Wednesday, December 30, 2009

Dornier Merkur

The Dornier Merkur's first flight was in February 1925. It was a successor to the Dornier C Komet, which first flew in 1922. The Merkur had additional space for up to eight passengers and various technical improvements.
Walter Mittelholzer and CH-171 made a record flight for time, flying the distance of 20.000 km from Zurich to Cape Town in december 1925.
Swissair took over Ad Astra's two Dornier Merkurs after its founding, but got rid of them in the same year.

Source: sr692

Monday, December 28, 2009

Wednesday, December 23, 2009

Monday, December 21, 2009

72 Years Ago

December 21, 1937:
Snow White and the Seven Dwarfs, the first full-length animated film ever, premieres at the Carthay Circle Theater.

Saturday, December 19, 2009

Fairey Swordfish

It was a large, slow biplane with a low wing loading, ideal for actions off carrier decks. The structure was largely metal, covered with fabric. The first machine was powered by a Bristol Pegasus IIM air-cooled, nine cylinder radial, developing 635 hp. These were severely underpowered. The next, much improved, prototype used a Pegasus IIIM3 with 775 hp. First flown in 1934, this aircraft exceeded the governments demands, so an order was placed for the first 86 production examples in 1935. The first deliveries were made in the following year, further orders continuing well after the beginning of the war.
The three seater airplane could easily lift off a carrier deck with a standard 18 inch 1,610 lb. torpedo slung between the wheels under the fuselage. It's ungainly looks gave it the nickname "Stringbag", after a type of shopping bag used to carry all manner of things by old English ladies.
In spite of it's seeming lack of sophistication, the Swordfish was to prove excellent in its intended role. Although highly vulnerable to attack by fighter planes, it's low speed and stable stance made it easy to line up for a torpedo attack, coming in from abeam of a hostile vessel, while staying below the level the enemy ships could fire their guns. It's slow flying speed made landings much safer on carriers.....into the wind, the closing speed could be as little as 30 knots.
Because they were helpless against fighters, these airplanes were usually only operated far out sea, where land based opposition could not reach. Swordfish based at Malta were operated at night and were all but invulnerable to the opposition. Starting in 1940, squadrons of Swordfish stationed here had sunk more than a million and a half tons of enemy shipping....a record never to be equaled. Maintenance was a breeze on such a simple design.
Swordfish were used tentatively for escort duty at the very beginning, until they had a chance to prove themselves. This soon came to pass, when a floatplane version, flown by W.M.L. Brown off the HMS WARSPITE was used to spot for the guns of that ship, resulting in the destruction of seven German destroyers. (Brown dealt the finishing blow to one of these with a bomb from his aircraft). Shortly afterwards, the same pilot executed the first dive bombing attack by the Fleet Air Arm, resulting in the sinking of a U-boat.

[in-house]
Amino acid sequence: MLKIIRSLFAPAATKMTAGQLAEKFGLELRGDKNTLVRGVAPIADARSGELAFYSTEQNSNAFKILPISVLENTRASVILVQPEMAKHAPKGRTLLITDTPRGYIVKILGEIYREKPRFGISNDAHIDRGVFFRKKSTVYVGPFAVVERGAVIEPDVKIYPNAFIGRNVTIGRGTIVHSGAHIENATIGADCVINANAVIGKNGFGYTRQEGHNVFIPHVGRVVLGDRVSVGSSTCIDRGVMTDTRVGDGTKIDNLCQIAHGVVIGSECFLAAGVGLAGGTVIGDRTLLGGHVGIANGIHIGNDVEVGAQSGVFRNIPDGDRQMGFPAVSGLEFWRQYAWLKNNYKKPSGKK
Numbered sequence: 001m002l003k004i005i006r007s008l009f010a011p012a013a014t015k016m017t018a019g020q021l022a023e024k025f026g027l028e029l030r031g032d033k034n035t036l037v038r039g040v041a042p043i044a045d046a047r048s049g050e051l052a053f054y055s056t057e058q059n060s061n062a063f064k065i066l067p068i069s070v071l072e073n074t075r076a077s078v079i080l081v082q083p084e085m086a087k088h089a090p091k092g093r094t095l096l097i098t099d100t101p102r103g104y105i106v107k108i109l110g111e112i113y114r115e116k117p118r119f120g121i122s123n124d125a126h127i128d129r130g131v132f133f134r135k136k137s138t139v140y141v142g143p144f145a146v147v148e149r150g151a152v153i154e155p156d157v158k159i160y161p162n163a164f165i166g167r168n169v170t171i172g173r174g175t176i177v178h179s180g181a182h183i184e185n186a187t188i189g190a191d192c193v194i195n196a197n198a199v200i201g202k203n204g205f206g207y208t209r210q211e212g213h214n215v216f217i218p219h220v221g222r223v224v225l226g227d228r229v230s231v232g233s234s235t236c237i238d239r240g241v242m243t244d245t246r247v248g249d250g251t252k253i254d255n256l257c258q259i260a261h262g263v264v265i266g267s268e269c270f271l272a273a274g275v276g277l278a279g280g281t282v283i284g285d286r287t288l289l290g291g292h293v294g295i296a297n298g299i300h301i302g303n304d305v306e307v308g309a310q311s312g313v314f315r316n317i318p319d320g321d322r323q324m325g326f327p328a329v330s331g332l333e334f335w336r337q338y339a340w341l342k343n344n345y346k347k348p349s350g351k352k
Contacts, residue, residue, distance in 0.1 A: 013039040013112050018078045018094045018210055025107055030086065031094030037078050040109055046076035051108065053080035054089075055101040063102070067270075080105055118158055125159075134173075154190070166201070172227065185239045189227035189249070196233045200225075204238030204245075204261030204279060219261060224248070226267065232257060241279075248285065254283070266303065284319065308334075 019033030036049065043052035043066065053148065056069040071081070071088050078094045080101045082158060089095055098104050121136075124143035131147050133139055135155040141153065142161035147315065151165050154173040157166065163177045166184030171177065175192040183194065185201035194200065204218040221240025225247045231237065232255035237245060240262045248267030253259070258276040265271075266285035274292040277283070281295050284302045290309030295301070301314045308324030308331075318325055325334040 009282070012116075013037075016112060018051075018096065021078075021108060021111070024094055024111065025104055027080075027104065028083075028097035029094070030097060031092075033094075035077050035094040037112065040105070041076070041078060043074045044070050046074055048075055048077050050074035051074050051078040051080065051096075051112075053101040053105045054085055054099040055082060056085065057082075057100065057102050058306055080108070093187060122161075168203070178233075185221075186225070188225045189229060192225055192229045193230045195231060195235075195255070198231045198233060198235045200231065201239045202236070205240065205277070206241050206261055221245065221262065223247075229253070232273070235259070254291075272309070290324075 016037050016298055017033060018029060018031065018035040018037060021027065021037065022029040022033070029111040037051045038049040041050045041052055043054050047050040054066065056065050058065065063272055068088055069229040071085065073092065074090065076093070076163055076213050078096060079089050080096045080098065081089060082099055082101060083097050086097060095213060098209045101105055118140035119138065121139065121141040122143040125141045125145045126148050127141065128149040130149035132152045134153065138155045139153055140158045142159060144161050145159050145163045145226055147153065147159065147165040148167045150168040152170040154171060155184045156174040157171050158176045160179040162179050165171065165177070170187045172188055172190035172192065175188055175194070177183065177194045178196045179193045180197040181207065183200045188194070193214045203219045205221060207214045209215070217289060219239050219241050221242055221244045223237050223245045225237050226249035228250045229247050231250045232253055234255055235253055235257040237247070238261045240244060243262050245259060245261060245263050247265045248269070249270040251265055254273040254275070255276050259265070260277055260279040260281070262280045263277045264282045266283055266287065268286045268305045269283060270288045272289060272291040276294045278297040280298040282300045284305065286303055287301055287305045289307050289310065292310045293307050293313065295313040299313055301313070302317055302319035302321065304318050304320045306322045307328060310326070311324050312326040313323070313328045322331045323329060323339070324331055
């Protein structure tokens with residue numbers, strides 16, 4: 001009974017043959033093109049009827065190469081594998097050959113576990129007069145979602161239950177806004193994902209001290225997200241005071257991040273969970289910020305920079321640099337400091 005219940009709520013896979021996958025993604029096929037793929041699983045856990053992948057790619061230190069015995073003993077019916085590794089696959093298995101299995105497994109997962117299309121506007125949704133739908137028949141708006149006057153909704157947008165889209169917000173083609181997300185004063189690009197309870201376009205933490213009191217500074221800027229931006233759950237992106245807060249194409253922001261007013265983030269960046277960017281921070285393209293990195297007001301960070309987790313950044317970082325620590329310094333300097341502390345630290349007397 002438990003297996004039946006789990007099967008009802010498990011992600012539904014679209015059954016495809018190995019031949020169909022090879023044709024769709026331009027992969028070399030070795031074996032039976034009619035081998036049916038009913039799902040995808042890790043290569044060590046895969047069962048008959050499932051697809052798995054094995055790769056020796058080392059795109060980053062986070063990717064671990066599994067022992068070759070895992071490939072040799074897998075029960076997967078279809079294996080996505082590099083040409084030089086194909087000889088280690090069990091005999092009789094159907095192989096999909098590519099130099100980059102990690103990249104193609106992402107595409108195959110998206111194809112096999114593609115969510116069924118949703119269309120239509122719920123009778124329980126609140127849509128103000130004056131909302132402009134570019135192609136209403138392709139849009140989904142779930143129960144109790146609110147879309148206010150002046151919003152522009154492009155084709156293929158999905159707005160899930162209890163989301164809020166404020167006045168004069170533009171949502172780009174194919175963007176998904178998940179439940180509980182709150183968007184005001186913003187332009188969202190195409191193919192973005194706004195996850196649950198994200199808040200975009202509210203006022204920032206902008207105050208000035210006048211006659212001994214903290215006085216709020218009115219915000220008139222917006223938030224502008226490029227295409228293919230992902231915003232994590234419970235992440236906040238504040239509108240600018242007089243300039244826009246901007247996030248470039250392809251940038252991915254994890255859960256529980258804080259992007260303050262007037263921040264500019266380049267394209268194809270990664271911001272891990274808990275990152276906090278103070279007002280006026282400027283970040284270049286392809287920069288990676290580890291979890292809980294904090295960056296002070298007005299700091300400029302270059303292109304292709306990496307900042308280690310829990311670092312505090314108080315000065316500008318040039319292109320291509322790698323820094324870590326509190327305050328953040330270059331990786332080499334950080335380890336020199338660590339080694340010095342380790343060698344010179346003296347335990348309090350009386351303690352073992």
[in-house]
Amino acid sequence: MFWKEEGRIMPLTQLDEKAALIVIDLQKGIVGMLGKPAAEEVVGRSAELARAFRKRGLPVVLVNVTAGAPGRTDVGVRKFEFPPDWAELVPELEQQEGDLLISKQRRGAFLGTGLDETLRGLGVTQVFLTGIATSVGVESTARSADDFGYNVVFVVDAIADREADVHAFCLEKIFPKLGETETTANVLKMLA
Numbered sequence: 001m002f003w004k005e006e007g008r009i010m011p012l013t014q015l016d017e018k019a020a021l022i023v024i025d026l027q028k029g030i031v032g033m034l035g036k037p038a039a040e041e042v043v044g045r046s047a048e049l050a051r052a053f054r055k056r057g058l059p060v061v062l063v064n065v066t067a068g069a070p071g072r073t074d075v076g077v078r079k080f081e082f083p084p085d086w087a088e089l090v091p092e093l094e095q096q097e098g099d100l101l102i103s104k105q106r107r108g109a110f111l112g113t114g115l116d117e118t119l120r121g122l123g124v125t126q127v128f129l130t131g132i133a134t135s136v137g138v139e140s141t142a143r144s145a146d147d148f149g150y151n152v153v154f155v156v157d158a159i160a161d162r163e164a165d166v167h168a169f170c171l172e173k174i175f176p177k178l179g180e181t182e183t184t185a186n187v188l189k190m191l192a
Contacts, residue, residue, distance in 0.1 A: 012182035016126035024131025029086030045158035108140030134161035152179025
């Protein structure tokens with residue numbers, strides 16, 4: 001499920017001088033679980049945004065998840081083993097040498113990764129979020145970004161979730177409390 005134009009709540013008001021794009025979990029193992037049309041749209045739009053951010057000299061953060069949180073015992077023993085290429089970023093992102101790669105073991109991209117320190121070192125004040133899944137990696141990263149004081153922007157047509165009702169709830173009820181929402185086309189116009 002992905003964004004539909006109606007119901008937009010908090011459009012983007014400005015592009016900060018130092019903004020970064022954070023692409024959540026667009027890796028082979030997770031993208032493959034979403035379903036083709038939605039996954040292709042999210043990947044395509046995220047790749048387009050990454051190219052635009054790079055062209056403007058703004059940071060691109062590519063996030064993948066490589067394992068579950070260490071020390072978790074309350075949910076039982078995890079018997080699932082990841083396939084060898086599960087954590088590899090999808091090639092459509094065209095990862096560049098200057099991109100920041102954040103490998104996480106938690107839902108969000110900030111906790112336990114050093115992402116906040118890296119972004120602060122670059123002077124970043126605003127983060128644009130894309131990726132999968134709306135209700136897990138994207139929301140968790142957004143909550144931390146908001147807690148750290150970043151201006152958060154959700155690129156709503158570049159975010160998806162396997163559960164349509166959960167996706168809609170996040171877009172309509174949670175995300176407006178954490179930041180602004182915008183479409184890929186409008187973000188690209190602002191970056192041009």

The Swordfish became legend when they made naval history at TARANTO, Italy. The modern Italian fleet was anchored here on the night of November 11, 1940. That evening, two strike forces of twelve aircraft each, were launched from the aircraft carrier HMS ILLUSTRIOUS. Under a full moon, with total tactical surprise, they evaded heavy fire and barrage balloons around the port, came in low and sank one battleship and crippled two others. A heavy cruiser and a destroyer were also severely damaged. This strike reduced Italian naval power by half, for a loss of only two Swordfish (one crew).
The Japanese envoy in Italy took a great interest in this attack, studying its execution carefully. The Taranto raid, by proving the vulnerability of closely moored ships to aerial attack from aircraft carriers, showed the way to the future of air power. He was shortly recalled to Tokyo and was instrumental in planning the attack on Pearl Harbor against the Americans. This, of course, had an immense effect on world events and the course of the war.
The other fabled exploit by Swordfish involves their part in the sinking of the famous BISMARCK.
After a long cat-and-mouse sea chase by the Royal Navy, it was two torpedo hits from Swordfish of 818 Squadron, operating off the carrier HMS ARK ROYAL, that finally succeeeded in damaging the steering and crippling the German ship. This allowed other fleet ships to catch and destroy her with gunfire and surface torpedoes.
Swordfish assembled in Dartmouth, Nova Scotia were used on merchant ships with hastlly added flight decks to guard convoys in the Atlantic. These were known as MERCHANT AIRCRAFT CARRIERS or MAC ships, for short.
Special Canadian closed cockpit versions were used throughout the war in Naval Air Gunner and torpedo training out of Yarmouth, Nova Scotia. They were even used by Canada briefly after the war, until being replaced by Fairey Fireflies and Supermarine Seafires.
A total of 2, 396 Swordfish were built.

-article by Lance Russwurm


MANUFACTURER: Fairey Aircraft Co. Ltd./ Blackburn Aircraft Co. Ltd.
TYPE: two or three seat, carrier based, or floatplane equipped torpedo bomber, spotter, reconnaissance naval aircraft
POWERPLANT: one 690 hp. Bristol PegasusIIIM.3 or one 750hp. Pegasus XXX